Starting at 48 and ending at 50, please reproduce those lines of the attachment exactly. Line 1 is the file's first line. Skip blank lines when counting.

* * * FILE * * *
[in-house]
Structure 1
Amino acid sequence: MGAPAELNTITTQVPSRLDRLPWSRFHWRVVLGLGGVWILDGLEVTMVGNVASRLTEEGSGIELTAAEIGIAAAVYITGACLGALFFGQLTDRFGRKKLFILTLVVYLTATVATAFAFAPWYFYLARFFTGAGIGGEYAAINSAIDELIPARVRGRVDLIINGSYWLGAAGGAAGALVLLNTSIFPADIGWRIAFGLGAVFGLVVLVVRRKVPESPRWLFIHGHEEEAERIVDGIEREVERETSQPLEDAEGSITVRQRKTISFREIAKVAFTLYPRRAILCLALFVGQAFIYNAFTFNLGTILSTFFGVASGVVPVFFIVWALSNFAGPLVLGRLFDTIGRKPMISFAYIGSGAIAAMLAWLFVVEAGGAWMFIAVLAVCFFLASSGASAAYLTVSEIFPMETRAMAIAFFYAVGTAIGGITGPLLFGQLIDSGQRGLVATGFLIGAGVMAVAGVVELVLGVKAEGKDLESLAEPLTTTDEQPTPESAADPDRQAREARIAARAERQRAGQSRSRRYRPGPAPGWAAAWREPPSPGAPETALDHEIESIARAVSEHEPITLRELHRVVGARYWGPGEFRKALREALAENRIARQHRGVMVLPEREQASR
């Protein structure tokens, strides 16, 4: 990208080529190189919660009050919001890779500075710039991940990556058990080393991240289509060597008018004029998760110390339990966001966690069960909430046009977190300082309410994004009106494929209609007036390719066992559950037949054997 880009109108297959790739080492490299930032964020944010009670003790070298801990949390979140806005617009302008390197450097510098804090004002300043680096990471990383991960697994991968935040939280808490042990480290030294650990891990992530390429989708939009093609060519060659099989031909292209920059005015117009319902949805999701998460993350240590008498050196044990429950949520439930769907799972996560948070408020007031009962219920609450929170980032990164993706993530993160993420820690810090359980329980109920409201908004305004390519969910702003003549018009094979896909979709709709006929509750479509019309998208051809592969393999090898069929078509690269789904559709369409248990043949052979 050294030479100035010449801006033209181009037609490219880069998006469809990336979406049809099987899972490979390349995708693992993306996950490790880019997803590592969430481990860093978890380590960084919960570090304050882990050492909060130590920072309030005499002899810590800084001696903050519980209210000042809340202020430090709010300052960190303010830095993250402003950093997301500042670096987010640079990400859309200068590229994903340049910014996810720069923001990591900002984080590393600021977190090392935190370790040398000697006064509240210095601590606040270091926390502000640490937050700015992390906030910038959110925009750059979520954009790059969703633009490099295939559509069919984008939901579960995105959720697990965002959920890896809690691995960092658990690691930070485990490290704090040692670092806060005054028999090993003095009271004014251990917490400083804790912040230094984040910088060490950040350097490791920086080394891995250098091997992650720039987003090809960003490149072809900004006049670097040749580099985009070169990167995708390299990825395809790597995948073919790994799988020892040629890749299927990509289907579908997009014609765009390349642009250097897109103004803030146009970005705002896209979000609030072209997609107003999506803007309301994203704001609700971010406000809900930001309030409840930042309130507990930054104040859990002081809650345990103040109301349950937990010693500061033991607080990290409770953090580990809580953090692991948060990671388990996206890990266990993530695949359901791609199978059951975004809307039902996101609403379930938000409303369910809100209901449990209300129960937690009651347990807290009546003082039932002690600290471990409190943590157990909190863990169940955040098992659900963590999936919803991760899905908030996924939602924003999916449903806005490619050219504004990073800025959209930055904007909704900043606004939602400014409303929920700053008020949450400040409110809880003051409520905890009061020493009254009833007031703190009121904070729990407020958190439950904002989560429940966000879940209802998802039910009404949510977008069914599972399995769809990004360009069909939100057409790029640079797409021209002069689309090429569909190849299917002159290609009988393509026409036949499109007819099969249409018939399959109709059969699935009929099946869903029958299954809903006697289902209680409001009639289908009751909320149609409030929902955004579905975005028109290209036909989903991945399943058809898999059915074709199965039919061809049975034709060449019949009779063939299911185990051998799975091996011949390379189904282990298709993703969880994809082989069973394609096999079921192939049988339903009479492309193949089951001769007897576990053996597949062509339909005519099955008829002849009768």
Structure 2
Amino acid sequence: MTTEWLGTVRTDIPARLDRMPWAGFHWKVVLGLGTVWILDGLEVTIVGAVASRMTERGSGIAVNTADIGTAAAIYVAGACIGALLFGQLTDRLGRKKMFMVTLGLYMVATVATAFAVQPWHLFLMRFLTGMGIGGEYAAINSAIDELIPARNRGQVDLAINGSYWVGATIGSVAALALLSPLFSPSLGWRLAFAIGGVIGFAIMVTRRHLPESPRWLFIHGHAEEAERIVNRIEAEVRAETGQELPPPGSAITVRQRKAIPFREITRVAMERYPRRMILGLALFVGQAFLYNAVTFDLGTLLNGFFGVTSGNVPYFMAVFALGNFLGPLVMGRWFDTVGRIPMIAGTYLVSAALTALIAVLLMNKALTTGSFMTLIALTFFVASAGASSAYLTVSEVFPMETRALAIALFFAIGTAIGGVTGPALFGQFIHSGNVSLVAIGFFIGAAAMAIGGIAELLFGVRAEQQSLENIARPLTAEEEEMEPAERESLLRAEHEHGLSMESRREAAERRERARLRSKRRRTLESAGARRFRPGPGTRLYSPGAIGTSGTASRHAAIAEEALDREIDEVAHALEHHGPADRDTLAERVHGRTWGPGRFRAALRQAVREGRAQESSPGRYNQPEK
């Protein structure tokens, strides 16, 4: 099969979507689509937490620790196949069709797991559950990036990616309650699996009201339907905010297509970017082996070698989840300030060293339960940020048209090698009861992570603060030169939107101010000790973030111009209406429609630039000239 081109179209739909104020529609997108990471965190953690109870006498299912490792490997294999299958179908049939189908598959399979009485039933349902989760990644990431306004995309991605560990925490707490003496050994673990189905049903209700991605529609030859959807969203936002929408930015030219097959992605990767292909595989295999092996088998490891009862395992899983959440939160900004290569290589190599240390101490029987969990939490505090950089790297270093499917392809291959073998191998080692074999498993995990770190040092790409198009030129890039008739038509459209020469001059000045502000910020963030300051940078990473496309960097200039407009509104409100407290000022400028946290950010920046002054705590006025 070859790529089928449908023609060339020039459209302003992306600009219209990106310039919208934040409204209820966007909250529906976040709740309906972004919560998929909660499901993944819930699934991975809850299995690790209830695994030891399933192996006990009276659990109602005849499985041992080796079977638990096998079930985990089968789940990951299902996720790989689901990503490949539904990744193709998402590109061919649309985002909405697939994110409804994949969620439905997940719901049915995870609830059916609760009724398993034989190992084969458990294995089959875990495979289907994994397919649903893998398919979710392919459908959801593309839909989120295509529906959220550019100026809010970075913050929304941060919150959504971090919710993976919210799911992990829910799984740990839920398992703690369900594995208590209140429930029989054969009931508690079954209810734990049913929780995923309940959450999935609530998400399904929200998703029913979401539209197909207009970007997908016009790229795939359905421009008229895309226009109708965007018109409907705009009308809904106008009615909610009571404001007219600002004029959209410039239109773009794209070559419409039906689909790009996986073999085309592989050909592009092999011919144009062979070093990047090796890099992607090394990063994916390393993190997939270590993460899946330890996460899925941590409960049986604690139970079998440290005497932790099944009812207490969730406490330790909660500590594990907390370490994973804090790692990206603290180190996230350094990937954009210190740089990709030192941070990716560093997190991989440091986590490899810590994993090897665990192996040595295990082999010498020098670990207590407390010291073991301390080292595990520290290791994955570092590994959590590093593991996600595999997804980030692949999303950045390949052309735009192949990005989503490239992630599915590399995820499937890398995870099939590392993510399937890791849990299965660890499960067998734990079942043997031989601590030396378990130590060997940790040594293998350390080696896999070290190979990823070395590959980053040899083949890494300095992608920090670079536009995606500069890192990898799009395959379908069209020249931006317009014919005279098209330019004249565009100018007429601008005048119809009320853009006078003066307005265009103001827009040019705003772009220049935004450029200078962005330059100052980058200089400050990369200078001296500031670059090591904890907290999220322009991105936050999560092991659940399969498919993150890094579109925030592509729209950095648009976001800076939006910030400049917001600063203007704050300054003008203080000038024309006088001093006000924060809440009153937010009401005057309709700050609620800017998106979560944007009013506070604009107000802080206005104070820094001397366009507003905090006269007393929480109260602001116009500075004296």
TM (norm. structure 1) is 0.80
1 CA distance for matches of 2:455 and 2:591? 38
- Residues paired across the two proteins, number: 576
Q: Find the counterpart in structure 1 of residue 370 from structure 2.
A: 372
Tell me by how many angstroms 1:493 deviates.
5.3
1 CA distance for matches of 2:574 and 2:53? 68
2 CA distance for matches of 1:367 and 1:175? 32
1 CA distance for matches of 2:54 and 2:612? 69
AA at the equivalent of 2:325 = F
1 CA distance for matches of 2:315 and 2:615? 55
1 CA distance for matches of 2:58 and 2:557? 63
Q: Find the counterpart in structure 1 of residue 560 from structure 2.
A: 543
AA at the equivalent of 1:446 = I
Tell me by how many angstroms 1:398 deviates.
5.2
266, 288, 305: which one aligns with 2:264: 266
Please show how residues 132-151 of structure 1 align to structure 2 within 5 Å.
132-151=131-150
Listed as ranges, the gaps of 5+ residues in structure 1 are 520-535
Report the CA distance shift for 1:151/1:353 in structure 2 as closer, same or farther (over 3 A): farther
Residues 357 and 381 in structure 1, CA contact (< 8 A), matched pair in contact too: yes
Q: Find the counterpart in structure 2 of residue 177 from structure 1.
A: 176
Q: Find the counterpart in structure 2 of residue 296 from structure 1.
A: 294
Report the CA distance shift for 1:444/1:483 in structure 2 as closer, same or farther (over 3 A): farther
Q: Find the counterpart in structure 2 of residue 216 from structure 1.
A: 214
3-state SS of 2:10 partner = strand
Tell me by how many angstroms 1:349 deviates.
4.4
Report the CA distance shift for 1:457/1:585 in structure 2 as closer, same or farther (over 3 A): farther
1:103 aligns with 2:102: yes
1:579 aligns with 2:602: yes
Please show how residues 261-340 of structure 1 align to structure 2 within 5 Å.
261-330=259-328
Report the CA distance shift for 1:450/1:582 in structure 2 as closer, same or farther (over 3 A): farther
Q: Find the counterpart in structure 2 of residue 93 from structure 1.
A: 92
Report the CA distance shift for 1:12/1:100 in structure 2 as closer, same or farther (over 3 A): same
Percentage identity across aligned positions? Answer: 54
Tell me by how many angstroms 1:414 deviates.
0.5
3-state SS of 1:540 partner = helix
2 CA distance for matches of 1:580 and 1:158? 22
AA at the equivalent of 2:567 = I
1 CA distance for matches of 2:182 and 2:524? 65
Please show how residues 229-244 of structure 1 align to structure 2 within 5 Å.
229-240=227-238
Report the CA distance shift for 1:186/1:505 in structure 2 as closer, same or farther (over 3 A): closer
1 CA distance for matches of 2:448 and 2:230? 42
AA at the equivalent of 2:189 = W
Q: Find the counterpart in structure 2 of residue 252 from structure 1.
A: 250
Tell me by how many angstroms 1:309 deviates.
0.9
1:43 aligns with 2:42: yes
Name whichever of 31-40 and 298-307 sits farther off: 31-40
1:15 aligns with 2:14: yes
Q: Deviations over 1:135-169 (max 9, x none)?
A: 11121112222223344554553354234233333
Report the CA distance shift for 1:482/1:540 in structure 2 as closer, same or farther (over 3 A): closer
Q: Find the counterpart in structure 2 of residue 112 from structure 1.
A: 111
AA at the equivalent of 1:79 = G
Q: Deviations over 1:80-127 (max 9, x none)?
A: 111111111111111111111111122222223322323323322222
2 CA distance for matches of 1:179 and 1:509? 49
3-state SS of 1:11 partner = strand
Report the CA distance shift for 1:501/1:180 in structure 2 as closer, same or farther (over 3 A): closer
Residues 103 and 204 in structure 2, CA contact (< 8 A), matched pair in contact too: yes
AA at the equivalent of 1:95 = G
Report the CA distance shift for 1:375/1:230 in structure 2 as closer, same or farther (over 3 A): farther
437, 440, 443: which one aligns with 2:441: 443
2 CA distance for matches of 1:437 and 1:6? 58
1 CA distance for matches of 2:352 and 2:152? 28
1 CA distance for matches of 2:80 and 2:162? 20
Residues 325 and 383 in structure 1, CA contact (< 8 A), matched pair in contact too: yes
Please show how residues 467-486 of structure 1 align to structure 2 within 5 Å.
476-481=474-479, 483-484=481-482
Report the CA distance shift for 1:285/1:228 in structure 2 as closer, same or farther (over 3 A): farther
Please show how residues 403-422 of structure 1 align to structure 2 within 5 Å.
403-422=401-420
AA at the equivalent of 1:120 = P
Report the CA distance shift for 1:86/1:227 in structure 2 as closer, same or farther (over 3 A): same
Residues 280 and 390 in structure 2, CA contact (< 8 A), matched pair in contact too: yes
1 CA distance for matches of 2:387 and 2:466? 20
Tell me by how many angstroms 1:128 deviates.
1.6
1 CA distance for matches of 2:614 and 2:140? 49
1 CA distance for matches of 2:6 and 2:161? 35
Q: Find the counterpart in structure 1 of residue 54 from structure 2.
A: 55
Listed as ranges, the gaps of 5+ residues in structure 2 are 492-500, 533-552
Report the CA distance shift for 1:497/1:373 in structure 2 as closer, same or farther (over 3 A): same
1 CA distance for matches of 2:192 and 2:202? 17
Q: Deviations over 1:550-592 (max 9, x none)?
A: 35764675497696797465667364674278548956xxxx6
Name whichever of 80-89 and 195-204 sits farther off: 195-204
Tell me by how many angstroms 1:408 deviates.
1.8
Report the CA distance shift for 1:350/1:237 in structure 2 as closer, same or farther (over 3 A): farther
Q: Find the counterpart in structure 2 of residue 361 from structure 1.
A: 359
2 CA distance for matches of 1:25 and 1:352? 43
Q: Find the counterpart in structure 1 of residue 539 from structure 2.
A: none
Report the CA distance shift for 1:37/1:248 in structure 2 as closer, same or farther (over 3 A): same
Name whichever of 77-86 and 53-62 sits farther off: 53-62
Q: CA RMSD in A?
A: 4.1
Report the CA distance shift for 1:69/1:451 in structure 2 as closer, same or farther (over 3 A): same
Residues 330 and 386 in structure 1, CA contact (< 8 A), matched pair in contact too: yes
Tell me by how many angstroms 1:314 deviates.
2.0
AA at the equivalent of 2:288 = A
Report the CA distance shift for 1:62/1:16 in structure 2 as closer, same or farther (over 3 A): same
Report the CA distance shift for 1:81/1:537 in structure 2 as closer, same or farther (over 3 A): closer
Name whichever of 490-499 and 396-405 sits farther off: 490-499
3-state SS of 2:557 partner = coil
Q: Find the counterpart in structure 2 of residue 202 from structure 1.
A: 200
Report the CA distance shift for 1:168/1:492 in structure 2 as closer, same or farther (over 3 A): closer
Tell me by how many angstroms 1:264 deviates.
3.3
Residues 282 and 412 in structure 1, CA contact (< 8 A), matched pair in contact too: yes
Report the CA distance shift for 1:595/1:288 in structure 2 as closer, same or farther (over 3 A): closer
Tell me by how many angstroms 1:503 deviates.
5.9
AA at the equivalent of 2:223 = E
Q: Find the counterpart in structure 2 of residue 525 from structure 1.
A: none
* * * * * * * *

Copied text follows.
Q: Find the counterpart in structure 2 of residue 93 from structure 1.
A: 92
Report the CA distance shift for 1:12/1:100 in structure 2 as closer, same or farther (over 3 A): same